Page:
While his 38 aces and 90 total winners in a five-set victory over No. 5 Roddick were impressive, what stood out even more was his ability to beat the top-ranked American in a fifth-set tiebreak. Isner took the game out of Roddick's hands, raised the level of his play and convincingly earned a spot in the fourth round.
As Isner continues to improve his fitness and movement on the court, there's no doubt that he can continue to advance in the rankings and consistently find himself deep in tournaments. You can’t teach height, and Isner’s 6-foot-9 frame makes him a tall order to defeat.
He and U.S. Open doubles partner Sam Querrey are the rising men’s stars behind Roddick. After admiring Andy and aspiring to his level of success, both John and Sam are at the point in their careers where they need to make that a reality. Isner and Querrey have shown they have the talent to be top-10 players and have had big wins over top Tour players. Now they need to string together those wins and follow Roddick’s example by getting more physically fit.
Even though 26-year-old Jesse Witten bowed out in the third round, the U.S. Open did remarkable things for his flagging tennis prospects. Dropped by his only sponsor earlier in the year and bouncing around small challenger events, Witten was contemplating retirement. One week at the U.S. Open recharged his career.
He soundly defeated No. 29 Igor Andreev in the first round and nearly knocked off No. 4 Novak Djokovic before falling in four tightly-contested sets in the third round. Those performances should demonstrate that he has a future in professional tennis and motivate him to get into the best shape of his life. Hopefully, this will give him the confidence and the spark to continue on.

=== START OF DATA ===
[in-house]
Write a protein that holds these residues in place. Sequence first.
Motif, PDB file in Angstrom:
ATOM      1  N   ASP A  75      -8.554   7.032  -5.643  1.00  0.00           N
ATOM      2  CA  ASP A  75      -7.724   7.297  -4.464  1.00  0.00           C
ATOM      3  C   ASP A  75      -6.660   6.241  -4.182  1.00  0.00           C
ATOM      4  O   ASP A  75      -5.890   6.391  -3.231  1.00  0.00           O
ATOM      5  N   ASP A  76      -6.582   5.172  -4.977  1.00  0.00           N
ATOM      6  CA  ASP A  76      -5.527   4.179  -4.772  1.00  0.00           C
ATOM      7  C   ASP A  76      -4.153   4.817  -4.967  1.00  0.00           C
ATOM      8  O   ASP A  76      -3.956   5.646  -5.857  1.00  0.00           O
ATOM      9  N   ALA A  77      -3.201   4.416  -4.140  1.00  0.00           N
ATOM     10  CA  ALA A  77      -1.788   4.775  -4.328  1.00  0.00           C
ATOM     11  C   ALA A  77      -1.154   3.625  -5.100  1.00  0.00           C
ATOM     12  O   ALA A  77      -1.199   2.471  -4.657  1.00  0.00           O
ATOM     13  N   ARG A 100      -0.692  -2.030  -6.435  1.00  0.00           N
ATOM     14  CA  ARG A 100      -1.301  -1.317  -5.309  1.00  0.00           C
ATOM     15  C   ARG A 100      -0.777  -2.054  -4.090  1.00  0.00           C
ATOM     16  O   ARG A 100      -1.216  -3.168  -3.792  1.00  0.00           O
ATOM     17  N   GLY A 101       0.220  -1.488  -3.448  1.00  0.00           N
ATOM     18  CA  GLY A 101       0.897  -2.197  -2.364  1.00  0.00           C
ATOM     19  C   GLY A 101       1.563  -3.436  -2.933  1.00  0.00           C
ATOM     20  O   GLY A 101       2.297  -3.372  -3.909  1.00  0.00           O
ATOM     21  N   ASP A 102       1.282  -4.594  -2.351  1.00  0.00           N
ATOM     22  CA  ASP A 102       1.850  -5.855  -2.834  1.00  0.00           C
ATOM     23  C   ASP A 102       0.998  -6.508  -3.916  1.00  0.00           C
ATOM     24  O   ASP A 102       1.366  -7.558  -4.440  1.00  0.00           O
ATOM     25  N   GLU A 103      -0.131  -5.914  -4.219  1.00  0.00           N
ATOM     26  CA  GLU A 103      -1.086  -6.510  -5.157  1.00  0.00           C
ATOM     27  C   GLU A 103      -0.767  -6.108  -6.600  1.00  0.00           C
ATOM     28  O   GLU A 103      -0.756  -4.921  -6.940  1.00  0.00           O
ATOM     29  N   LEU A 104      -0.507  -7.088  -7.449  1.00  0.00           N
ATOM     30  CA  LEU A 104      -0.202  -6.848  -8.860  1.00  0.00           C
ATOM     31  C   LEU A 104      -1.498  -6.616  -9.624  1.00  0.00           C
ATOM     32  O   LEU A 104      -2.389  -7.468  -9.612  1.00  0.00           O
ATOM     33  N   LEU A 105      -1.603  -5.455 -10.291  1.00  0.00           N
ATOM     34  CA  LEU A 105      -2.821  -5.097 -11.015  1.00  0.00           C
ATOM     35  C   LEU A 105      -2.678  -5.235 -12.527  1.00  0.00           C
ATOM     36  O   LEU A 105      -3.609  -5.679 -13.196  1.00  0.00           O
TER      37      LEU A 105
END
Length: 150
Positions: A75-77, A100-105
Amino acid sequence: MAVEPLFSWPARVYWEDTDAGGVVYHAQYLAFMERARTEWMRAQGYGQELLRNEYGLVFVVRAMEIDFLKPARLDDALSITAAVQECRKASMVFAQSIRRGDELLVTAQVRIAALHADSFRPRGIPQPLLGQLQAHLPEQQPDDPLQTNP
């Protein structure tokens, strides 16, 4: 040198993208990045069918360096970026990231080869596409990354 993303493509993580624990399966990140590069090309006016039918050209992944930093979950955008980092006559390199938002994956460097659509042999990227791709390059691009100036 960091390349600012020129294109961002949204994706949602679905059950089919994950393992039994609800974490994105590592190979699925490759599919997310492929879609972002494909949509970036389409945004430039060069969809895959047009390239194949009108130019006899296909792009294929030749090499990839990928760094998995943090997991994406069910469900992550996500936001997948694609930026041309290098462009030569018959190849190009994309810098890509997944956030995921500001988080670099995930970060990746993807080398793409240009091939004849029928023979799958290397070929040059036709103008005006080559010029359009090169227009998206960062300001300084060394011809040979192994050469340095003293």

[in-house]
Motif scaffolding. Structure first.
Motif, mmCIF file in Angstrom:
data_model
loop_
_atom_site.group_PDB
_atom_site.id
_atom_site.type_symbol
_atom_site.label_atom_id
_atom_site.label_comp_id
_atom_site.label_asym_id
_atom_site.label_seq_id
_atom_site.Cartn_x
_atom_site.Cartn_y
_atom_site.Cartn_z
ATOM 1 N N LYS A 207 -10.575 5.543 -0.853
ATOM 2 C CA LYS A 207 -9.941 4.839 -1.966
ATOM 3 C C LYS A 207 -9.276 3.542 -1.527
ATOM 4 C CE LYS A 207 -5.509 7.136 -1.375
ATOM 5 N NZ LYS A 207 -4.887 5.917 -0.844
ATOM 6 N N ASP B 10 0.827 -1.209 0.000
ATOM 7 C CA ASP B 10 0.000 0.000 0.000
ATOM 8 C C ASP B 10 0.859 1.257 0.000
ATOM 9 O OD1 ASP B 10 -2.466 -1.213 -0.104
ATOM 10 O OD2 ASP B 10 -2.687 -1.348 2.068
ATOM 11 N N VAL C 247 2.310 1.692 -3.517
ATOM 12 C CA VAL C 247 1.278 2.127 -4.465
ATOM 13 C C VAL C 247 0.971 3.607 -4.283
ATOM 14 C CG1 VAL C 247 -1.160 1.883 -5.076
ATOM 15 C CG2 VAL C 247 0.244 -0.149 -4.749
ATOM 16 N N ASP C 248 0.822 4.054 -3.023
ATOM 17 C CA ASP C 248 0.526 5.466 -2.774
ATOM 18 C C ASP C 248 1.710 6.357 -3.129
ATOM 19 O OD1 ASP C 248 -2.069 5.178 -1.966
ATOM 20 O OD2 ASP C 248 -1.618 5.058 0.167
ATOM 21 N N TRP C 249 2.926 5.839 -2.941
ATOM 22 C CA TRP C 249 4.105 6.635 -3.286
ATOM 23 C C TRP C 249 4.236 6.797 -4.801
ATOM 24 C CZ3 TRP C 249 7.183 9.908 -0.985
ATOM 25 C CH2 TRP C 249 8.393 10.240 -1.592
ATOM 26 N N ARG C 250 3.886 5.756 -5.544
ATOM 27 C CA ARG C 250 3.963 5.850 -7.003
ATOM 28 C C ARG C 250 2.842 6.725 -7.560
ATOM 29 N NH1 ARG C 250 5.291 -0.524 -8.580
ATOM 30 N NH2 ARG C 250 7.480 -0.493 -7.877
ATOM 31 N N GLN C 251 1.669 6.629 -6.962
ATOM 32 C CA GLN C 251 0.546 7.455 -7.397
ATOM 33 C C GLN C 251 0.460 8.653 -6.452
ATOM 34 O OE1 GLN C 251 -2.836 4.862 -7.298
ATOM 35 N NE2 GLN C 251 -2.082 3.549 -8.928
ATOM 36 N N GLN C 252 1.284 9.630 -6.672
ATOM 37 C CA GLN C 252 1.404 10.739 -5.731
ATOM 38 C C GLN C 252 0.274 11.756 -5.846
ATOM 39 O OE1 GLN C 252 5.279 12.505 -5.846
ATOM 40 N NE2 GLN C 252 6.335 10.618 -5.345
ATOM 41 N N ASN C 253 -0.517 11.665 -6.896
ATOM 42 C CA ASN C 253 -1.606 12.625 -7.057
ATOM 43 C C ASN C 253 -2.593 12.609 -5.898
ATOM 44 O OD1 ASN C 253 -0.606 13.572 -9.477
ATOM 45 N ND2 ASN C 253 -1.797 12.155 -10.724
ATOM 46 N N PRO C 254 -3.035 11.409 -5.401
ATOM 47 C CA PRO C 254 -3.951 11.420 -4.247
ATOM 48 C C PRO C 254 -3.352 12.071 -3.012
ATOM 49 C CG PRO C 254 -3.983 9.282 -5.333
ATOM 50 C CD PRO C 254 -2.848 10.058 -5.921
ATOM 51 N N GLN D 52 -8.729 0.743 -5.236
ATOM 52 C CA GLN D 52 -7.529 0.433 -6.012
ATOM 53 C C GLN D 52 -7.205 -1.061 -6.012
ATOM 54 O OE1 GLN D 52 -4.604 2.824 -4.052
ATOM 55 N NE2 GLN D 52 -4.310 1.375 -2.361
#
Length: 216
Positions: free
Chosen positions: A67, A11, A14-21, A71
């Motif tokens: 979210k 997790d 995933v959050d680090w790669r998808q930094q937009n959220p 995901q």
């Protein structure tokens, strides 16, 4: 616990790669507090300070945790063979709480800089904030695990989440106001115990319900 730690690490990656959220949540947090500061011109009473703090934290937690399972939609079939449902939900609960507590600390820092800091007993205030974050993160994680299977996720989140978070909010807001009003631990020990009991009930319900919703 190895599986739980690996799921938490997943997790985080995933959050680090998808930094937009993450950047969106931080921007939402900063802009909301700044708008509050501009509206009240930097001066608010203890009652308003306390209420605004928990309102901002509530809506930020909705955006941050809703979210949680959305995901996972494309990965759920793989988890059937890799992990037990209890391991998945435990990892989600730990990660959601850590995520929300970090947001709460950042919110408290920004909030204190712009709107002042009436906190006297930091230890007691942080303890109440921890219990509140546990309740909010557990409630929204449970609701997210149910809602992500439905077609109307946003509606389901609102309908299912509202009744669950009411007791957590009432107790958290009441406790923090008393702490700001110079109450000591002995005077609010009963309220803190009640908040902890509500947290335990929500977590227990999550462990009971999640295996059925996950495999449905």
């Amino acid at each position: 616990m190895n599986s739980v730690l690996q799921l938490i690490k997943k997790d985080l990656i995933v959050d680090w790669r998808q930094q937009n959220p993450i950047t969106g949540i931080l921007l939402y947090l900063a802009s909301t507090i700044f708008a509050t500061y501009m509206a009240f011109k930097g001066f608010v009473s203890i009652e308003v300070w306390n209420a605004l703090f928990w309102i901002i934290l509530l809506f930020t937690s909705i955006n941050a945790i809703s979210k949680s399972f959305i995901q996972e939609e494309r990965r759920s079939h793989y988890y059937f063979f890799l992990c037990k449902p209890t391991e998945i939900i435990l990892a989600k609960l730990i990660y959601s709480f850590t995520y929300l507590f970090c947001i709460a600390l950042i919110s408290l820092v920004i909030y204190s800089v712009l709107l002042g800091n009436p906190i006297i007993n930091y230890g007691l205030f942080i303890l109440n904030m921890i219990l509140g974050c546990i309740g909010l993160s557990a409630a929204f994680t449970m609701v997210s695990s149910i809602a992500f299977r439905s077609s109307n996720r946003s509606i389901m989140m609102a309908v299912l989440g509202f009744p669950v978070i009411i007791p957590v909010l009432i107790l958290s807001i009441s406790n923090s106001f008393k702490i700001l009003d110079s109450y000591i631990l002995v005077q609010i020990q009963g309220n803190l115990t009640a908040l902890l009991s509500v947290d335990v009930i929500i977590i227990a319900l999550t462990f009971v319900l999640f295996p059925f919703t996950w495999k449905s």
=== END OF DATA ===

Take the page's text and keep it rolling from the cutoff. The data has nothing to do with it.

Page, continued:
The hard part is that he's still not ranked and will head off to another small tournament next weekend. Witten will need to find the same motivation in front of the one hundred or two hundred fans there that he did in front of large and loud crowds in New York.
One American that few expected to make an impact in this year’s draw is Taylor Dent. Bedridden for weeks after back surgery in 2007 and out of tennis for over two years, he has taken his serve-and-volley game to the third round at the U.S. Open. His utter joy at being back on a big stage has been contagious. The reaction of the crowd after his five-set, second-round victory over Ivan Navarro was one of the highlights of the tournament thus far.
Even though he faces a tough challenge against No. 2 Andy Murray in the third round, Dent’s performance has erased many question marks about his ability to mount an effective comeback.
The success of the younger American players should have a trickle-down effect to junior players across the United States. When they see someone like Oudin knock off some of the Tour's best players, it is bound to give them confidence about their own chances. The word Oudin has printed on her signature sneakers, “Believe,” could become the mantra for a whole generation of American tennis youth.